Boone & Crockett: Fair chase doesn’t apply to coyotes
The nation’s oldest advocacy group for traditional hunting ethics is firing back at animal rights organizations who are seeking to protect nuisance predators.
The Missoula-based Boone & Crockett Club this week made clear its stance on the intersection of coyote management and fair chase hunting. In short, there is no intersection.
“Fair chase applies to the ethical, sportsmanlike, and lawful pursuit and taking of any free-ranging wild, big game animal in a manner that does not give the hunter an improper or unfair advantage over the game animals,” said Mark Streissguth, chair of the Club’s Hunter and Conservation Ethics Committee. “Coyotes are not game animals.”
Founded in 1887 by Theodore Roosevelt, the club named for legendary frontier hunters Daniel Boone and Davy Crockett largely developed the American fair chase tradition. An honor code of sportsmen taught in every hunter’s education class in the country, the concept stresses self-restraint and selective game harvesting rather than wanton waste and negligent hunting practices.
The clarification on fair chase and coyotes from B&C comes this week as anti-hunting groups have stepped up efforts to ban coyote contests. The Humane Society of the United States, who has vowed to “wipe these contests off the face of the earth” is currently backing legislation in Oregon and Wisconsin to make such events illegal. The group was instrumental in establishing similar bans in California and Vermont in recent years, often citing that such tournaments do not follow fair chase practices.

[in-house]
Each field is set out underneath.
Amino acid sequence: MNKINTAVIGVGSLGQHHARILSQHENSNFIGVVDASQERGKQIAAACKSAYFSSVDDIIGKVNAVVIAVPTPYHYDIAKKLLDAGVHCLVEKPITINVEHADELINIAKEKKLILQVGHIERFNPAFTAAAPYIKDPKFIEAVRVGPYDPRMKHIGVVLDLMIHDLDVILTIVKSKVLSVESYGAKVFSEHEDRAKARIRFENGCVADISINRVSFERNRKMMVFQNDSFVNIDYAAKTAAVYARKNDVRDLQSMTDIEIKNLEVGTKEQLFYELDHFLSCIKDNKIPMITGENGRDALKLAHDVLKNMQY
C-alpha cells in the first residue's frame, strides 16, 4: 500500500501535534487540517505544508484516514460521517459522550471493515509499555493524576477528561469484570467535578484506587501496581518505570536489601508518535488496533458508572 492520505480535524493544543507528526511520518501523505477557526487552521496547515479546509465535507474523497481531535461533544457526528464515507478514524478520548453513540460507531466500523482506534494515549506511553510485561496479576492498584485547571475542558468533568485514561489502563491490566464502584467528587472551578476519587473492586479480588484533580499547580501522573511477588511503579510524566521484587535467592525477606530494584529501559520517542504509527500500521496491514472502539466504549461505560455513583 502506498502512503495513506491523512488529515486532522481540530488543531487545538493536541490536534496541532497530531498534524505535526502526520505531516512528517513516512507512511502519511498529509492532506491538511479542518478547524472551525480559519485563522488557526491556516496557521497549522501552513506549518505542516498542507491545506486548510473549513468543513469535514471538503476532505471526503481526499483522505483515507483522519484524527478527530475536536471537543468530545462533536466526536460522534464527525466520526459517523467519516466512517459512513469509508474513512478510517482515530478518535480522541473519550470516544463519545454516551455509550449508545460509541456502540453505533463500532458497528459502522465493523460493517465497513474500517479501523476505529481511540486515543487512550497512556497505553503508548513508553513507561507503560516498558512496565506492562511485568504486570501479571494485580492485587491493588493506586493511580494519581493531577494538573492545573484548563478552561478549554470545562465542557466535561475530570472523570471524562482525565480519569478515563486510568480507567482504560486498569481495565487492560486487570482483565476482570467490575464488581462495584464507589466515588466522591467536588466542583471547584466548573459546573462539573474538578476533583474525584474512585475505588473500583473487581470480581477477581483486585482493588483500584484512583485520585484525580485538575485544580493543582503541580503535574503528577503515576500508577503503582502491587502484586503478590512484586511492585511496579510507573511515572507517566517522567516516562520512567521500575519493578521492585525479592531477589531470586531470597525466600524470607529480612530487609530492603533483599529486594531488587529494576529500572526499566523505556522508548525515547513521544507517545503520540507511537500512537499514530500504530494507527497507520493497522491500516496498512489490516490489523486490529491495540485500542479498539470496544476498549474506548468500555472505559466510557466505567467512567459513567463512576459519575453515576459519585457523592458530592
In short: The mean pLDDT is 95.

“Allowing coyotes to negatively impact other wildlife and people because of a moral judgment that killing them is wrong is irresponsible,” Streissguth said. “Coyotes, which are prolific breeders, are expanding their range into more states where conflicts with people and other wildlife are increasing. Their numbers will have to be managed, with or without contests.”
An adaptive predator, coyotes have consistently expanded their reach across the continent since 1950 and, according to the USDA’s National Agricultural Statistics Service, cause the majority of cattle and calf losses, costing ranchers millions. Most states have flexible hunting regulations when it comes to the animal, with no bag limits or calendar restrictions.
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